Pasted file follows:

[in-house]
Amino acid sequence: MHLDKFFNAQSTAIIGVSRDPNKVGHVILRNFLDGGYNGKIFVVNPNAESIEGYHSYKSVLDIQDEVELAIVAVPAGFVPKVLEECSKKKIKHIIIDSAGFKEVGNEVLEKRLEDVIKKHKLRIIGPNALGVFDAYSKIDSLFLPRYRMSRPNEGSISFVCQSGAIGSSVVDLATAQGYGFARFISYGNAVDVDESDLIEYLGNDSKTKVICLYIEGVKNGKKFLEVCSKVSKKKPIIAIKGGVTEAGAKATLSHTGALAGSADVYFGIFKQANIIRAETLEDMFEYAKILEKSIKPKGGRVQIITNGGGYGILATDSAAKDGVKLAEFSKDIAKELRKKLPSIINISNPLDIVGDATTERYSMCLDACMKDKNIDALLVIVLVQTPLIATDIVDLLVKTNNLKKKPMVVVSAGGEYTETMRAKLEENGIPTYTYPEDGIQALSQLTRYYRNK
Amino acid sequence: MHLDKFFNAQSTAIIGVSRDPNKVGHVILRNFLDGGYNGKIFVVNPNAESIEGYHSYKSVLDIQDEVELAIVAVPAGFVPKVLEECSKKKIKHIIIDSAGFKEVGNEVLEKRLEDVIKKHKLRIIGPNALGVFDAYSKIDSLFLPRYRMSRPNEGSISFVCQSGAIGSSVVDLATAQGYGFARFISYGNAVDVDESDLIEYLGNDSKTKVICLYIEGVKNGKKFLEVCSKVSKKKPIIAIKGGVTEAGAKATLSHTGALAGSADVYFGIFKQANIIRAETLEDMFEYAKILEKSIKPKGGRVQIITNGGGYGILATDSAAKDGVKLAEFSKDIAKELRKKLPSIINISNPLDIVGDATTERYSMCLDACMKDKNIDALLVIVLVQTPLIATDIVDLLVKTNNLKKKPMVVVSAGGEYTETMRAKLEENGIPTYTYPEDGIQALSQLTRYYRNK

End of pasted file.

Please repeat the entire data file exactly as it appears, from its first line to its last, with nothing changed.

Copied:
[in-house]
Amino acid sequence: MHLDKFFNAQSTAIIGVSRDPNKVGHVILRNFLDGGYNGKIFVVNPNAESIEGYHSYKSVLDIQDEVELAIVAVPAGFVPKVLEECSKKKIKHIIIDSAGFKEVGNEVLEKRLEDVIKKHKLRIIGPNALGVFDAYSKIDSLFLPRYRMSRPNEGSISFVCQSGAIGSSVVDLATAQGYGFARFISYGNAVDVDESDLIEYLGNDSKTKVICLYIEGVKNGKKFLEVCSKVSKKKPIIAIKGGVTEAGAKATLSHTGALAGSADVYFGIFKQANIIRAETLEDMFEYAKILEKSIKPKGGRVQIITNGGGYGILATDSAAKDGVKLAEFSKDIAKELRKKLPSIINISNPLDIVGDATTERYSMCLDACMKDKNIDALLVIVLVQTPLIATDIVDLLVKTNNLKKKPMVVVSAGGEYTETMRAKLEENGIPTYTYPEDGIQALSQLTRYYRNK
Amino acid sequence: MHLDKFFNAQSTAIIGVSRDPNKVGHVILRNFLDGGYNGKIFVVNPNAESIEGYHSYKSVLDIQDEVELAIVAVPAGFVPKVLEECSKKKIKHIIIDSAGFKEVGNEVLEKRLEDVIKKHKLRIIGPNALGVFDAYSKIDSLFLPRYRMSRPNEGSISFVCQSGAIGSSVVDLATAQGYGFARFISYGNAVDVDESDLIEYLGNDSKTKVICLYIEGVKNGKKFLEVCSKVSKKKPIIAIKGGVTEAGAKATLSHTGALAGSADVYFGIFKQANIIRAETLEDMFEYAKILEKSIKPKGGRVQIITNGGGYGILATDSAAKDGVKLAEFSKDIAKELRKKLPSIINISNPLDIVGDATTERYSMCLDACMKDKNIDALLVIVLVQTPLIATDIVDLLVKTNNLKKKPMVVVSAGGEYTETMRAKLEENGIPTYTYPEDGIQALSQLTRYYRNK